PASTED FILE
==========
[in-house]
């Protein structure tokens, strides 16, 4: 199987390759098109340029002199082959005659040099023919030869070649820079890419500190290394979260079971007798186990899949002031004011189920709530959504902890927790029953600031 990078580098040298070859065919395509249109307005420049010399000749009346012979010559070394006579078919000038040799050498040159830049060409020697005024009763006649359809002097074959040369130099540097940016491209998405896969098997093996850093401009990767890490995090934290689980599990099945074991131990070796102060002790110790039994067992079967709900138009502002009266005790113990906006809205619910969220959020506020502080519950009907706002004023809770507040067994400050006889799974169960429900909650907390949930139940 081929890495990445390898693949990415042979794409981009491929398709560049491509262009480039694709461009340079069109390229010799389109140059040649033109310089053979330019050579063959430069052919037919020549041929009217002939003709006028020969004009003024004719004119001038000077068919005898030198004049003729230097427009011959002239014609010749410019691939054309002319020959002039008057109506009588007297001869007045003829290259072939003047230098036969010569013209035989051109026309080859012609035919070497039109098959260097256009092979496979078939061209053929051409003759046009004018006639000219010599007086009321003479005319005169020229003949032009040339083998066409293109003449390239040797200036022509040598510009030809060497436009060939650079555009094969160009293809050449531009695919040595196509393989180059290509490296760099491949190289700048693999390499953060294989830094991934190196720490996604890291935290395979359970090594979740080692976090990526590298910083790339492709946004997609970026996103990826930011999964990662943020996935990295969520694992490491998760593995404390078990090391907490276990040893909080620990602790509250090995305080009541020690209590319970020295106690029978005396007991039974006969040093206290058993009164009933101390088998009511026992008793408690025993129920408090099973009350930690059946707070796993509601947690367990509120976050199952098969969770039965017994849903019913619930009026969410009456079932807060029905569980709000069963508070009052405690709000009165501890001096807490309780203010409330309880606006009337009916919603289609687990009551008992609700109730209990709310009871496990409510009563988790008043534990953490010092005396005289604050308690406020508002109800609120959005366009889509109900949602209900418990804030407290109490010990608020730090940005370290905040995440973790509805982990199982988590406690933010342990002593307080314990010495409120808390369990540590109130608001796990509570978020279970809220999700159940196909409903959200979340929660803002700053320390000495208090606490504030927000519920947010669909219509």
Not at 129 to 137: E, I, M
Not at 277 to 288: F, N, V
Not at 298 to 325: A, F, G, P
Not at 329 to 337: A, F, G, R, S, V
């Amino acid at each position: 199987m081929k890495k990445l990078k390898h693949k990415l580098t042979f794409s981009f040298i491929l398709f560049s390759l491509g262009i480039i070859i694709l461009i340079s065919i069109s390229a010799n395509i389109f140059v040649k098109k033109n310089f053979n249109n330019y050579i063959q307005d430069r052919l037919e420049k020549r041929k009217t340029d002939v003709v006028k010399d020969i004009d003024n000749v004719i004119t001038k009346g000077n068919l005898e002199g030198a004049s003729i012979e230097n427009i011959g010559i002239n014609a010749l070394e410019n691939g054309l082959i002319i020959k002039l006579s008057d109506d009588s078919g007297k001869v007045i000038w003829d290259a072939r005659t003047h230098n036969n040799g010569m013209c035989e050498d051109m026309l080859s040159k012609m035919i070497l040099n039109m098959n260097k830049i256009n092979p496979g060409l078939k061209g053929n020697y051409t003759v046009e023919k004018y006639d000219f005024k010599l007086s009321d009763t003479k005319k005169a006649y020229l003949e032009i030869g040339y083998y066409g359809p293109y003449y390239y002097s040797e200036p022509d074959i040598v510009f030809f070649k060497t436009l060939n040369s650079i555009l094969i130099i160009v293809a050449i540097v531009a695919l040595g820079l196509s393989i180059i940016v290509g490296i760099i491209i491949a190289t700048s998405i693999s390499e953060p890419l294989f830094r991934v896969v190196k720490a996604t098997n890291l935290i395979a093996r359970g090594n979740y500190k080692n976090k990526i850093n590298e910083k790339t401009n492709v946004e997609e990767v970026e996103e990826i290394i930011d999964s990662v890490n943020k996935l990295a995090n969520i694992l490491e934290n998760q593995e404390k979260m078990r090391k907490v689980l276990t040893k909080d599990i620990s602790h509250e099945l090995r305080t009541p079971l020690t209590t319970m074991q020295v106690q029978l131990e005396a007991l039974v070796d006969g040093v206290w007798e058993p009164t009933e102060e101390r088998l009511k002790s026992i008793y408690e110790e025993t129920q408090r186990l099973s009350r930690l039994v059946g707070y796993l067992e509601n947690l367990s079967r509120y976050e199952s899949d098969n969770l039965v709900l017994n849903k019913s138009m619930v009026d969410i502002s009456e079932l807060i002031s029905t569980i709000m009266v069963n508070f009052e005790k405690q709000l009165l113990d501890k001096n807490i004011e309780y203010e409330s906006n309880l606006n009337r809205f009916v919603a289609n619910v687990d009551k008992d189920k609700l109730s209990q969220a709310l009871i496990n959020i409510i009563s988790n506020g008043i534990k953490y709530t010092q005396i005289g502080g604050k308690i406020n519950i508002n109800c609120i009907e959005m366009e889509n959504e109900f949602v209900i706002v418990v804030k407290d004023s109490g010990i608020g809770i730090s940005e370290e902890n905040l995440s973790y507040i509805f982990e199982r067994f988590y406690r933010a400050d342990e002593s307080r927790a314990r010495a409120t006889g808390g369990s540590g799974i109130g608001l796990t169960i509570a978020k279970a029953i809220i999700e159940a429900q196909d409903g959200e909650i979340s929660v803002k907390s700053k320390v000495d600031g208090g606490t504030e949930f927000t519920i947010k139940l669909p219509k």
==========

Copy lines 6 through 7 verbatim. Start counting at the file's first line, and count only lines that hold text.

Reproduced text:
Not at 329 to 337: A, F, G, R, S, V
């Amino acid at each position: 199987m081929k890495k990445l990078k390898h693949k990415l580098t042979f794409s981009f040298i491929l398709f560049s390759l491509g262009i480039i070859i694709l461009i340079s065919i069109s390229a010799n395509i389109f140059v040649k098109k033109n310089f053979n249109n330019y050579i063959q307005d430069r052919l037919e420049k020549r041929k009217t340029d002939v003709v006028k010399d020969i004009d003024n000749v004719i004119t001038k009346g000077n068919l005898e002199g030198a004049s003729i012979e230097n427009i011959g010559i002239n014609a010749l070394e410019n691939g054309l082959i002319i020959k002039l006579s008057d109506d009588s078919g007297k001869v007045i000038w003829d290259a072939r005659t003047h230098n036969n040799g010569m013209c035989e050498d051109m026309l080859s040159k012609m035919i070497l040099n039109m098959n260097k830049i256009n092979p496979g060409l078939k061209g053929n020697y051409t003759v046009e023919k004018y006639d000219f005024k010599l007086s009321d009763t003479k005319k005169a006649y020229l003949e032009i030869g040339y083998y066409g359809p293109y003449y390239y002097s040797e200036p022509d074959i040598v510009f030809f070649k060497t436009l060939n040369s650079i555009l094969i130099i160009v293809a050449i540097v531009a695919l040595g820079l196509s393989i180059i940016v290509g490296i760099i491209i491949a190289t700048s998405i693999s390499e953060p890419l294989f830094r991934v896969v190196k720490a996604t098997n890291l935290i395979a093996r359970g090594n979740y500190k080692n976090k990526i850093n590298e910083k790339t401009n492709v946004e997609e990767v970026e996103e990826i290394i930011d999964s990662v890490n943020k996935l990295a995090n969520i694992l490491e934290n998760q593995e404390k979260m078990r090391k907490v689980l276990t040893k909080d599990i620990s602790h509250e099945l090995r305080t009541p079971l020690t209590t319970m074991q020295v106690q029978l131990e005396a007991l039974v070796d006969g040093v206290w007798e058993p009164t009933e102060e101390r088998l009511k002790s026992i008793y408690e110790e025993t129920q408090r186990l099973s009350r930690l039994v059946g707070y796993l067992e509601n947690l367990s079967r509120y976050e199952s899949d098969n969770l039965v709900l017994n849903k019913s138009m619930v009026d969410i502002s009456e079932l807060i002031s029905t569980i709000m009266v069963n508070f009052e005790k405690q709000l009165l113990d501890k001096n807490i004011e309780y203010e409330s906006n309880l606006n009337r809205f009916v919603a289609n619910v687990d009551k008992d189920k609700l109730s209990q969220a709310l009871i496990n959020i409510i009563s988790n506020g008043i534990k953490y709530t010092q005396i005289g502080g604050k308690i406020n519950i508002n109800c609120i009907e959005m366009e889509n959504e109900f949602v209900i706002v418990v804030k407290d004023s109490g010990i608020g809770i730090s940005e370290e902890n905040l995440s973790y507040i509805f982990e199982r067994f988590y406690r933010a400050d342990e002593s307080r927790a314990r010495a409120t006889g808390g369990s540590g799974i109130g608001l796990t169960i509570a978020k279970a029953i809220i999700e159940a429900q196909d409903g959200e909650i979340s929660v803002k907390s700053k320390v000495d600031g208090g606490t504030e949930f927000t519920i947010k139940l669909p219509k």